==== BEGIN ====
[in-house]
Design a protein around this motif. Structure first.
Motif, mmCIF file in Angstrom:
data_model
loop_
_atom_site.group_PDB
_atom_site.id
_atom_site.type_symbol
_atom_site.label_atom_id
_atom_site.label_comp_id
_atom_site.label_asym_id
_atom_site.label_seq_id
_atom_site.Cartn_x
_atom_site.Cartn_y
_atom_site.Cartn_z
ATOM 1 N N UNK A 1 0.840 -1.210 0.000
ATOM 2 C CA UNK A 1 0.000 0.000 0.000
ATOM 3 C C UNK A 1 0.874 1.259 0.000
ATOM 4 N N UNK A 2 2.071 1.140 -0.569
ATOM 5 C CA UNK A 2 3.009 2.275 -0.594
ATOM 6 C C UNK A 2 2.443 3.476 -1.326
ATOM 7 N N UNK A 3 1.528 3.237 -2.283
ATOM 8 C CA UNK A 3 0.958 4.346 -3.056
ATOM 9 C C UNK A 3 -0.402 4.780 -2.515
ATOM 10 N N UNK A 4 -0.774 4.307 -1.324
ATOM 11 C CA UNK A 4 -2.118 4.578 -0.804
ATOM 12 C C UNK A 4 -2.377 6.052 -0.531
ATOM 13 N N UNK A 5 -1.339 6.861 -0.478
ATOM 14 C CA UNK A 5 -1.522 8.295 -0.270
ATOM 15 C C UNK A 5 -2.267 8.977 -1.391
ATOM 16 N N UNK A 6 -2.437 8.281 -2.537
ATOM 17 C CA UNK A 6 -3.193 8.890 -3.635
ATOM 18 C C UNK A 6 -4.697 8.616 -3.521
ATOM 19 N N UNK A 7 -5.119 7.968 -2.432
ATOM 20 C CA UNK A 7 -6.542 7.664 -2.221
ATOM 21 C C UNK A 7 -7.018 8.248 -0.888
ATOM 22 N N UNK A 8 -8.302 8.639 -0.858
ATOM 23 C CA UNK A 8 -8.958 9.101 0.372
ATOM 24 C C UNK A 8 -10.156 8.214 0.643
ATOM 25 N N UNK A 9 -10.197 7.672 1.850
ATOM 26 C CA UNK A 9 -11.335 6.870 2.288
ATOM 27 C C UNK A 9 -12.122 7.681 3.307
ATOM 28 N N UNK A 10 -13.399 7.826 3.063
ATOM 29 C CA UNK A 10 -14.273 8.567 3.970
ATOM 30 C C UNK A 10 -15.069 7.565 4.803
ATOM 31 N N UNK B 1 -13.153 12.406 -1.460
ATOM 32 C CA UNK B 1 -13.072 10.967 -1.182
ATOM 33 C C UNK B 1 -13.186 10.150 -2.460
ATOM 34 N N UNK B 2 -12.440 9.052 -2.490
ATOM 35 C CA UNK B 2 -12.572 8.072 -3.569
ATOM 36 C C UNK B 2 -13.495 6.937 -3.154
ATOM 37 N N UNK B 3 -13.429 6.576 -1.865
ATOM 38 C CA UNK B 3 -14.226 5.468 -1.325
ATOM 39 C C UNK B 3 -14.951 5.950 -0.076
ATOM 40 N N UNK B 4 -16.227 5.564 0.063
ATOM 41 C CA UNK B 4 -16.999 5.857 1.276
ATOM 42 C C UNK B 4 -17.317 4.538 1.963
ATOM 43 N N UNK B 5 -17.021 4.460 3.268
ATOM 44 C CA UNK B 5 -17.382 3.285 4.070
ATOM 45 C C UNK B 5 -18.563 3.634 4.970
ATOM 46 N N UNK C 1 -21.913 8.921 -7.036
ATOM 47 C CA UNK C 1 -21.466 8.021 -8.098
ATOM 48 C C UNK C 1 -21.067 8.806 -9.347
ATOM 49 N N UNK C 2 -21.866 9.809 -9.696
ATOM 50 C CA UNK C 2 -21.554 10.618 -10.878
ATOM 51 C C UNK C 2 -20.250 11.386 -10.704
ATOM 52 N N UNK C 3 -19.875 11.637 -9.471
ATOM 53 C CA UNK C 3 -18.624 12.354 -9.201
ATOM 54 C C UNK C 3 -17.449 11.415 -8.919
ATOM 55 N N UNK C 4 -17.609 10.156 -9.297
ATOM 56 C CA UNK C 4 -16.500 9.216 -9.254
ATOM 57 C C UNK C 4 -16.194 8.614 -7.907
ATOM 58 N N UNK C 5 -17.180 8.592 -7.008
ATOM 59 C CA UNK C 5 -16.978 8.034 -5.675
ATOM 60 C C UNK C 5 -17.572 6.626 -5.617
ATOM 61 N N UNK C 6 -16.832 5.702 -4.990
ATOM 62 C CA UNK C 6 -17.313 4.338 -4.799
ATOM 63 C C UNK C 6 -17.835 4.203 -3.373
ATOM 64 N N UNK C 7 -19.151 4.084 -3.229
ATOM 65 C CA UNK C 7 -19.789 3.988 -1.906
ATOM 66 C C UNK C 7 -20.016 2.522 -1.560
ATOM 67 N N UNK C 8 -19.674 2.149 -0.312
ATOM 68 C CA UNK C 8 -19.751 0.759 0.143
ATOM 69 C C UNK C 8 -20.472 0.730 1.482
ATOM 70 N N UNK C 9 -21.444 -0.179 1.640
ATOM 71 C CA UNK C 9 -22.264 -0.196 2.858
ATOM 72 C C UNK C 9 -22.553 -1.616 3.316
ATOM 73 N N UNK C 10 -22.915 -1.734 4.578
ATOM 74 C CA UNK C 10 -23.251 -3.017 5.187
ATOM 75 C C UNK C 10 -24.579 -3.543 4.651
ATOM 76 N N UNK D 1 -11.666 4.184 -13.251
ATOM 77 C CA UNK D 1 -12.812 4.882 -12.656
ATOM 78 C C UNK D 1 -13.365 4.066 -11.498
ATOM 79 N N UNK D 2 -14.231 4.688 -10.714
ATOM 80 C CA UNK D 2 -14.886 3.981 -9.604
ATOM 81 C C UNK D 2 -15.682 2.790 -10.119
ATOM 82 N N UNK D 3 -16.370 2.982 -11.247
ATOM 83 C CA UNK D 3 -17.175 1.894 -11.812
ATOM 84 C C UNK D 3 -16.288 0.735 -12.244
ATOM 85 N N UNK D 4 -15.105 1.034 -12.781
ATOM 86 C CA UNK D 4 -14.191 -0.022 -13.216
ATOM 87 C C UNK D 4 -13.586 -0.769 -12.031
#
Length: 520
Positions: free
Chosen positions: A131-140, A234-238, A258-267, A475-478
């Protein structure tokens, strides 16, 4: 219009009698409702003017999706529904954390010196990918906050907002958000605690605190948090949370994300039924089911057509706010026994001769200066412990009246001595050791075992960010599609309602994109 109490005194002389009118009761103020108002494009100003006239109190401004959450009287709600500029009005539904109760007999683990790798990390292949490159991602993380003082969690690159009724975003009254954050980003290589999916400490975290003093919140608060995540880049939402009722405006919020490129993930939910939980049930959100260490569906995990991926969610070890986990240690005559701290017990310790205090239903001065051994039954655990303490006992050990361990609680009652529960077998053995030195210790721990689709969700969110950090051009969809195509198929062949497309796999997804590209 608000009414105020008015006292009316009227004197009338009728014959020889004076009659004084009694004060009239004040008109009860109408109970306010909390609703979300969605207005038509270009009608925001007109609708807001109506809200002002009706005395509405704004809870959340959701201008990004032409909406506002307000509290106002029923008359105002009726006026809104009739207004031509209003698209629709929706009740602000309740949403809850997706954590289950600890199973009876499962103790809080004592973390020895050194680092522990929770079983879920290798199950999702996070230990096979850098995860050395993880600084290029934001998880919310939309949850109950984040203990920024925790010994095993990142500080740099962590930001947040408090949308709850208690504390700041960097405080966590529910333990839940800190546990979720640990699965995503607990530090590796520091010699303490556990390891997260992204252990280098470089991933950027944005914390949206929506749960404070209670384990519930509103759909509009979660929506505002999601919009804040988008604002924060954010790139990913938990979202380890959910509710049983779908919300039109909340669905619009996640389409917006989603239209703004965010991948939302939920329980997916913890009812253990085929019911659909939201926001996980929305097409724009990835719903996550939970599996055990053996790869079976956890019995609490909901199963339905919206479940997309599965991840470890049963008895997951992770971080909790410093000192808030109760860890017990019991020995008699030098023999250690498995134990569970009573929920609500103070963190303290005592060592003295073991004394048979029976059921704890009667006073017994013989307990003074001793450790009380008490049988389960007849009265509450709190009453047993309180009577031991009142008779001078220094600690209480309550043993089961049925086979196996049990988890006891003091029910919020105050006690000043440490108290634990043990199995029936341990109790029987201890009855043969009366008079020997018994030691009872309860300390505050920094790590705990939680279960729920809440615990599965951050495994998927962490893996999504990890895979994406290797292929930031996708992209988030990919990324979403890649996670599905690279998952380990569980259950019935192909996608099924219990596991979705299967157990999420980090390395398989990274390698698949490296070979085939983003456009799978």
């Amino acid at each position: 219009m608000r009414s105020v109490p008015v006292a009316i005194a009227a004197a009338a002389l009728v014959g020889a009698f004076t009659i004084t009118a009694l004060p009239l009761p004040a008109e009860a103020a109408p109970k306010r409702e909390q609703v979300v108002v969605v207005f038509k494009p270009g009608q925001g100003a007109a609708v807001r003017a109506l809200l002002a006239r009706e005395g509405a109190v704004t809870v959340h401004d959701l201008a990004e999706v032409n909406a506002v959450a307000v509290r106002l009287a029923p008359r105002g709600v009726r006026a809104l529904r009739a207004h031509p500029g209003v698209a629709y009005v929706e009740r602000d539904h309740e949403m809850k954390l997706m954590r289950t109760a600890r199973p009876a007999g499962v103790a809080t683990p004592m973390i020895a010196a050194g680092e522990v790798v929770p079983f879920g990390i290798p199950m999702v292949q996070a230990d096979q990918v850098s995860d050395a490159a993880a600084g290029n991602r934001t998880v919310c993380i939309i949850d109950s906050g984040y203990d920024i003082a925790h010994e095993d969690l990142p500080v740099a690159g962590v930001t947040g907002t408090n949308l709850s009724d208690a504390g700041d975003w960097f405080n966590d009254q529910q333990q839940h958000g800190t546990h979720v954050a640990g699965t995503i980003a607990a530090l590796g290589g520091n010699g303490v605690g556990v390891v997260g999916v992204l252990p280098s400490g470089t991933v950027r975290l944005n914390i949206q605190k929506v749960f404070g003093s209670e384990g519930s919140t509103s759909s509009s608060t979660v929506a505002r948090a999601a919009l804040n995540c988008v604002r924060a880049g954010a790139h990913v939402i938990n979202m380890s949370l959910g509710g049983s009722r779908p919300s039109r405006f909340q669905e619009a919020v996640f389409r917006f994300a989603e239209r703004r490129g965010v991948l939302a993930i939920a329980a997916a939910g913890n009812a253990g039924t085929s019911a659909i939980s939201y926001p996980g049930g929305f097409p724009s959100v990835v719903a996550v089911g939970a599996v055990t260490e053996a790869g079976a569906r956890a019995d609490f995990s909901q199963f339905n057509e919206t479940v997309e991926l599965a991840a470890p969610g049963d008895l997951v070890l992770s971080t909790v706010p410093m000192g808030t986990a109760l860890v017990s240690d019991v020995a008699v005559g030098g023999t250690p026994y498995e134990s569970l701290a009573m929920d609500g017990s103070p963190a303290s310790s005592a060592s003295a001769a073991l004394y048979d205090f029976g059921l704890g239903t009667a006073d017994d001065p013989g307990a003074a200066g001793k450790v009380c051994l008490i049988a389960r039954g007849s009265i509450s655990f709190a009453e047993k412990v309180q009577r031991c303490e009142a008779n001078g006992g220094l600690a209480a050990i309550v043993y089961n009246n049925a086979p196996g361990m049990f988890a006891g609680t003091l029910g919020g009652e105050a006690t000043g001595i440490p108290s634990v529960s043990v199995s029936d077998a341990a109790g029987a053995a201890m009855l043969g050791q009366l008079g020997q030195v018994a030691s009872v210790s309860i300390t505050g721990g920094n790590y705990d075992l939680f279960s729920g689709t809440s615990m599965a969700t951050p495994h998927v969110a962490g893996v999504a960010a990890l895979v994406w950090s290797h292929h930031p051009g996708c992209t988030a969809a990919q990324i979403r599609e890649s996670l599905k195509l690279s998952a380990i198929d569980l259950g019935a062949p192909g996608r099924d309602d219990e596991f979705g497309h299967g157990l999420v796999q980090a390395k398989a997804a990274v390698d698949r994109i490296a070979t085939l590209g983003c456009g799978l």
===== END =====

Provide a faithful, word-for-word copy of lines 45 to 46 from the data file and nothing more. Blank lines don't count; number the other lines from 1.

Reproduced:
ATOM 30 C C UNK A 10 -15.069 7.565 4.803
ATOM 31 N N UNK B 1 -13.153 12.406 -1.460